What the Bible says about
Faithfulness of God
(From Forerunner Commentary)
When Daniel prayed this, Judah had been scattered for about 70 years, and they were just about ready to go back to the Promised Land. God was just about ready to release them. Daniel was concerned due to what he saw in Babylon; it discomforted him. He likely saw some of the same conditions existing in Babylon that had caused the Jews to go into captivity in the first place almost 70 years before. His fears were justified because, when Ezra and Nehemiah went back to rebuild the Temple and then the wall around Jerusalem, very few Jews went back. In fact, it was such a small number by Ezra's count that he called a fast about it. He wanted to make sure that the people would be hidden on the way so that nobody would see them making the trip back to Judea and consider them "easy pickings."
When the church was finally begun in AD 31, Peter went to preach in Babylon because there was still such a large colony of Jews there. Indeed, they stayed in the world—in Babylon—and continued to multiply.
We can read between the lines of Daniel's prayer and understand that he was anxious over their return. Quite a number of commentators feel that this cannot be all Daniel prayed. Really, all that we have here is an outline of what he said, the high points. After praying it, Daniel went back to his office or to his home and jotted these things down so that they would be remembered. God undoubtedly inspired that. So we are actually seeing only the essence of what he said. He certainly went into a great deal more detail with God.
When we pray for repentance, we go into detail about things that we personally know about—especially those things that happen in our lives and perhaps those things that happen within God's work, of which we were aware. We do nothing about them then, but we certainly can ask God to forgive them.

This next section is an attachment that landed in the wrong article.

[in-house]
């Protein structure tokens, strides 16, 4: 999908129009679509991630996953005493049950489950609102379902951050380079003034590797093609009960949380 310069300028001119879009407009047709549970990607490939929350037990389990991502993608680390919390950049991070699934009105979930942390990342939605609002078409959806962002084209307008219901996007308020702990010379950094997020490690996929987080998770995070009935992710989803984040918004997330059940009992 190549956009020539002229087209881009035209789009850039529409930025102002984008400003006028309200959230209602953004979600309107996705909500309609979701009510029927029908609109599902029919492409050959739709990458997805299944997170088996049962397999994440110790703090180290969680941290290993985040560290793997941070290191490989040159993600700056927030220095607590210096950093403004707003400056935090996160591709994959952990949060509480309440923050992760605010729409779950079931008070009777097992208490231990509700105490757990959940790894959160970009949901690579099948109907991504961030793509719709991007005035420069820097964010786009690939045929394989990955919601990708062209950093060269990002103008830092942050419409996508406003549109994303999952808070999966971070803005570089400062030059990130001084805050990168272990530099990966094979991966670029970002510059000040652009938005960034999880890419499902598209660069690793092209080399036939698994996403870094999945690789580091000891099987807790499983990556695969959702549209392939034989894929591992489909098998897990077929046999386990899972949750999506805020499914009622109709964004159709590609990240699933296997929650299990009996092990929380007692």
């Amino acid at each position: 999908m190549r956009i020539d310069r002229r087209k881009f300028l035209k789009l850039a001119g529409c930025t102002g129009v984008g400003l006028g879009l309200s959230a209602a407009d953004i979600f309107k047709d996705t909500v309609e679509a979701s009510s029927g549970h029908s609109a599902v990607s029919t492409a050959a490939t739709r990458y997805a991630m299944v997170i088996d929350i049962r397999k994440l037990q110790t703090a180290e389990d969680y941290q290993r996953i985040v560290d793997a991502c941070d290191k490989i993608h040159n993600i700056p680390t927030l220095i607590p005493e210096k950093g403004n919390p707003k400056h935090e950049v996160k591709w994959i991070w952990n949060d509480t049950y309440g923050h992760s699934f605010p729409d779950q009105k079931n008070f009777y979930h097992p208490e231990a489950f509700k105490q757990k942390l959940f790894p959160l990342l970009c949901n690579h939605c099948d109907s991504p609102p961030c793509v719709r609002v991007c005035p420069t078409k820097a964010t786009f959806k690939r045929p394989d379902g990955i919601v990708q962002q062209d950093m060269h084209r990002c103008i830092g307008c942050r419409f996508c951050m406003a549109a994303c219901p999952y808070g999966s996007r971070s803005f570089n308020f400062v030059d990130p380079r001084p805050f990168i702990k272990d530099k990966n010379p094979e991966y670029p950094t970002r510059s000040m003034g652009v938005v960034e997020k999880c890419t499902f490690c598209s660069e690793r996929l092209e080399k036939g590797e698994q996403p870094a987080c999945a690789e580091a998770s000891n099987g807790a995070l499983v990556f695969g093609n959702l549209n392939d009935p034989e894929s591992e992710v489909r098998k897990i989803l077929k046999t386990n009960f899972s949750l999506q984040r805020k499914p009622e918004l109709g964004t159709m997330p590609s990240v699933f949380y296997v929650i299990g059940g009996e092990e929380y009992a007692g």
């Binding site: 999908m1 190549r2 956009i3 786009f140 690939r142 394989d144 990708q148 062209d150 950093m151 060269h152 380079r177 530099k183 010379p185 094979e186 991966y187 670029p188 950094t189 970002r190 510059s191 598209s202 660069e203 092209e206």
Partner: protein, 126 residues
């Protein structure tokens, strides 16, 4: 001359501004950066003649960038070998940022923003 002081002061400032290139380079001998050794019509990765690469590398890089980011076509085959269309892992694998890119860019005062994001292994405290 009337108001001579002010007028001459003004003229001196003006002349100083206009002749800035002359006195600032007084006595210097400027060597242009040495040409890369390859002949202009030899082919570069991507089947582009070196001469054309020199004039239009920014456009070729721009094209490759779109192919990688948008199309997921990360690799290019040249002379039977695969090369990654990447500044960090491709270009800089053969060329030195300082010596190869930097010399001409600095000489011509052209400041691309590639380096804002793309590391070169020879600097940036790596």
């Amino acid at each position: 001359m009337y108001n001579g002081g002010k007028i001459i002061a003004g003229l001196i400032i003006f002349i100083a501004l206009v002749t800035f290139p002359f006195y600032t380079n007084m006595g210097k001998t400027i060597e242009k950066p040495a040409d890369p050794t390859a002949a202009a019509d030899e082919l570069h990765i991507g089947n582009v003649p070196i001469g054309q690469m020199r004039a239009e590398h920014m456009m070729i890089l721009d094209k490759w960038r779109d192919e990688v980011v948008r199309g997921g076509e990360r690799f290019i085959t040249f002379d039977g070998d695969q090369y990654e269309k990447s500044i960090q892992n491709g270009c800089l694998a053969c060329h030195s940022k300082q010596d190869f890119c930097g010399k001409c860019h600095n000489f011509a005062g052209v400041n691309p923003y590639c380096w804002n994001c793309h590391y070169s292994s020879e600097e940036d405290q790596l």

Daniel begins by establishing between him and God that he, Daniel, understood that God is faithful. He keeps His covenant. He stands by Leviticus 26 and Deuteronomy 28. When something goes out of God's mouth, it does not come back to Him empty (Isaiah 55:11). There are no "hollow threats" with God! Do we understand that? His faithfulness is one of the things that makes Him God. He can always be depended upon. He is Jesus Christ—the same yesterday, today, and forever (Hebrews 13:8). "For I am the Lord, I do not change" (Malachi 3:6).
John W. Ritenbaugh
The centurion gives the messengers the responsibility to go to Jesus, not to sorcerers or pagan gods—He is the One the centurion seeks for help. The messengers are to seek Him earnestly and formally on his behalf. The centurion's approach to Christ is not casual but committed and respectful. He desires a blessing, and to secure it, he knows he has to demonstrate earnest commitment.
To convey the centurion's faithful attitude, the messengers have to present the centurion's request carefully and accurately to Jesus to heal his servant. The centurion does not ask in a general or indirect way that would be unclear; the messengers are to be detailed and clear. They present the centurion's request enthusiastically and promptly, as the Greek text indicates. They were committed and faithful in carrying out their responsibility.
They set an excellent example for members of God's church today. When we are asked to pray for people who are suffering from illness or injury, are we as diligent and earnest as these messengers were? When we ask others to pray for us, are we as faithful as the centurion was?